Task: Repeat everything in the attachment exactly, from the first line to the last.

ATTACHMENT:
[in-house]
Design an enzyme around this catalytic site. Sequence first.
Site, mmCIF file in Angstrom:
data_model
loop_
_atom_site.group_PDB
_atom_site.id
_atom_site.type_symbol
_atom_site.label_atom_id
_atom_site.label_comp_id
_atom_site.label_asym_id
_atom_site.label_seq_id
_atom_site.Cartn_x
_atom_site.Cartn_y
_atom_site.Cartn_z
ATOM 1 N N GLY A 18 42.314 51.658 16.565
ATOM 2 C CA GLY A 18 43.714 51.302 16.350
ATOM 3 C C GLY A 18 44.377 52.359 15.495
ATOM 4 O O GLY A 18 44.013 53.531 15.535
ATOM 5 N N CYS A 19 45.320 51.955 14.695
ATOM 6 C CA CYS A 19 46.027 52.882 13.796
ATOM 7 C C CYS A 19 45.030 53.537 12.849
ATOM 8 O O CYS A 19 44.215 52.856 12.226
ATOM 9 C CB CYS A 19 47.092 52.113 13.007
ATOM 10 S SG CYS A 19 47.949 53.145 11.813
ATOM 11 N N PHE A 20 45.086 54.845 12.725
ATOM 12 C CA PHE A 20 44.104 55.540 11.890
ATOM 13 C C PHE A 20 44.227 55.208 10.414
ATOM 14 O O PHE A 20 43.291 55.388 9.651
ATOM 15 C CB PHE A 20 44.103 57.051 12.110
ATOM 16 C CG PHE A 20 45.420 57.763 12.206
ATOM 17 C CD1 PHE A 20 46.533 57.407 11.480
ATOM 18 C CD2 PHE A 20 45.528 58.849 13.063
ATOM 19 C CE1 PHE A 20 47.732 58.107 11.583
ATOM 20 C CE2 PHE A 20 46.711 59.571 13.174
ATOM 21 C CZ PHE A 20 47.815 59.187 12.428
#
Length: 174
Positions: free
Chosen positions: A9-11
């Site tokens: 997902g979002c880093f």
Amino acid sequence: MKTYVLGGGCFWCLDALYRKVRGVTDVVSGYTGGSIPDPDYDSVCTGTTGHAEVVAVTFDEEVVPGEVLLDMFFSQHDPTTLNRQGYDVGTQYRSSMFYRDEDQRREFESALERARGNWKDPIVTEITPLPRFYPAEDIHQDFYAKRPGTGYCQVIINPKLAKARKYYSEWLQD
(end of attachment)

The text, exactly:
[in-house]
Design an enzyme around this catalytic site. Sequence first.
Site, mmCIF file in Angstrom:
data_model
loop_
_atom_site.group_PDB
_atom_site.id
_atom_site.type_symbol
_atom_site.label_atom_id
_atom_site.label_comp_id
_atom_site.label_asym_id
_atom_site.label_seq_id
_atom_site.Cartn_x
_atom_site.Cartn_y
_atom_site.Cartn_z
ATOM 1 N N GLY A 18 42.314 51.658 16.565
ATOM 2 C CA GLY A 18 43.714 51.302 16.350
ATOM 3 C C GLY A 18 44.377 52.359 15.495
ATOM 4 O O GLY A 18 44.013 53.531 15.535
ATOM 5 N N CYS A 19 45.320 51.955 14.695
ATOM 6 C CA CYS A 19 46.027 52.882 13.796
ATOM 7 C C CYS A 19 45.030 53.537 12.849
ATOM 8 O O CYS A 19 44.215 52.856 12.226
ATOM 9 C CB CYS A 19 47.092 52.113 13.007
ATOM 10 S SG CYS A 19 47.949 53.145 11.813
ATOM 11 N N PHE A 20 45.086 54.845 12.725
ATOM 12 C CA PHE A 20 44.104 55.540 11.890
ATOM 13 C C PHE A 20 44.227 55.208 10.414
ATOM 14 O O PHE A 20 43.291 55.388 9.651
ATOM 15 C CB PHE A 20 44.103 57.051 12.110
ATOM 16 C CG PHE A 20 45.420 57.763 12.206
ATOM 17 C CD1 PHE A 20 46.533 57.407 11.480
ATOM 18 C CD2 PHE A 20 45.528 58.849 13.063
ATOM 19 C CE1 PHE A 20 47.732 58.107 11.583
ATOM 20 C CE2 PHE A 20 46.711 59.571 13.174
ATOM 21 C CZ PHE A 20 47.815 59.187 12.428
#
Length: 174
Positions: free
Chosen positions: A9-11
């Site tokens: 997902g979002c880093f």
Amino acid sequence: MKTYVLGGGCFWCLDALYRKVRGVTDVVSGYTGGSIPDPDYDSVCTGTTGHAEVVAVTFDEEVVPGEVLLDMFFSQHDPTTLNRQGYDVGTQYRSSMFYRDEDQRREFESALERARGNWKDPIVTEITPLPRFYPAEDIHQDFYAKRPGTGYCQVIINPKLAKARKYYSEWLQD